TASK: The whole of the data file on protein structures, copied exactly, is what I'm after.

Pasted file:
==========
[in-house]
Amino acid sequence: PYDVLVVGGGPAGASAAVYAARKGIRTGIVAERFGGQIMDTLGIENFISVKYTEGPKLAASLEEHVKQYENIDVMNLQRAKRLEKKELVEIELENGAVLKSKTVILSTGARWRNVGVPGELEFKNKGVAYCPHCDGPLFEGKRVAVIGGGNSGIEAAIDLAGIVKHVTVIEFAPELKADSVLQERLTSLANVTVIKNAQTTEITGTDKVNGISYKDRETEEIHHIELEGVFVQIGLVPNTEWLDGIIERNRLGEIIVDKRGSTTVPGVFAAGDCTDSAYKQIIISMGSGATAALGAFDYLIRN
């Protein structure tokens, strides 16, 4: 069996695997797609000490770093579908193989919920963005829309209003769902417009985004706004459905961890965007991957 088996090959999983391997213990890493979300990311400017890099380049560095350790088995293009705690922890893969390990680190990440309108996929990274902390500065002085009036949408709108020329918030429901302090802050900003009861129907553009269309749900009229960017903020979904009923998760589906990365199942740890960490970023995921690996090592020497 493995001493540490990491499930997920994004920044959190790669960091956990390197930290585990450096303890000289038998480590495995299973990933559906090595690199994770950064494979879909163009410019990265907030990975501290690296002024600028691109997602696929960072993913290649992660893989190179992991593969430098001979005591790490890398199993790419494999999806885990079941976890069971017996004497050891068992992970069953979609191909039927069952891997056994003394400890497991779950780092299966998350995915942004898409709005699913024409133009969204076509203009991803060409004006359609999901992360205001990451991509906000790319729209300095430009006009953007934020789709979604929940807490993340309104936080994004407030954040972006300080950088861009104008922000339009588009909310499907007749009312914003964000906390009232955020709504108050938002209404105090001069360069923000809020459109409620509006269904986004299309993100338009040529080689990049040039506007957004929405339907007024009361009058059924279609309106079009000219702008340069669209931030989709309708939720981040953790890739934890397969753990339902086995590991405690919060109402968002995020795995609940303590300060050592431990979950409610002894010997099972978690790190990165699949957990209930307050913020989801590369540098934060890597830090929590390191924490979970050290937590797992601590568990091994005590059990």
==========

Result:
[in-house]
Amino acid sequence: PYDVLVVGGGPAGASAAVYAARKGIRTGIVAERFGGQIMDTLGIENFISVKYTEGPKLAASLEEHVKQYENIDVMNLQRAKRLEKKELVEIELENGAVLKSKTVILSTGARWRNVGVPGELEFKNKGVAYCPHCDGPLFEGKRVAVIGGGNSGIEAAIDLAGIVKHVTVIEFAPELKADSVLQERLTSLANVTVIKNAQTTEITGTDKVNGISYKDRETEEIHHIELEGVFVQIGLVPNTEWLDGIIERNRLGEIIVDKRGSTTVPGVFAAGDCTDSAYKQIIISMGSGATAALGAFDYLIRN
């Protein structure tokens, strides 16, 4: 069996695997797609000490770093579908193989919920963005829309209003769902417009985004706004459905961890965007991957 088996090959999983391997213990890493979300990311400017890099380049560095350790088995293009705690922890893969390990680190990440309108996929990274902390500065002085009036949408709108020329918030429901302090802050900003009861129907553009269309749900009229960017903020979904009923998760589906990365199942740890960490970023995921690996090592020497 493995001493540490990491499930997920994004920044959190790669960091956990390197930290585990450096303890000289038998480590495995299973990933559906090595690199994770950064494979879909163009410019990265907030990975501290690296002024600028691109997602696929960072993913290649992660893989190179992991593969430098001979005591790490890398199993790419494999999806885990079941976890069971017996004497050891068992992970069953979609191909039927069952891997056994003394400890497991779950780092299966998350995915942004898409709005699913024409133009969204076509203009991803060409004006359609999901992360205001990451991509906000790319729209300095430009006009953007934020789709979604929940807490993340309104936080994004407030954040972006300080950088861009104008922000339009588009909310499907007749009312914003964000906390009232955020709504108050938002209404105090001069360069923000809020459109409620509006269904986004299309993100338009040529080689990049040039506007957004929405339907007024009361009058059924279609309106079009000219702008340069669209931030989709309708939720981040953790890739934890397969753990339902086995590991405690919060109402968002995020795995609940303590300060050592431990979950409610002894010997099972978690790190990165699949957990209930307050913020989801590369540098934060890597830090929590390191924490979970050290937590797992601590568990091994005590059990």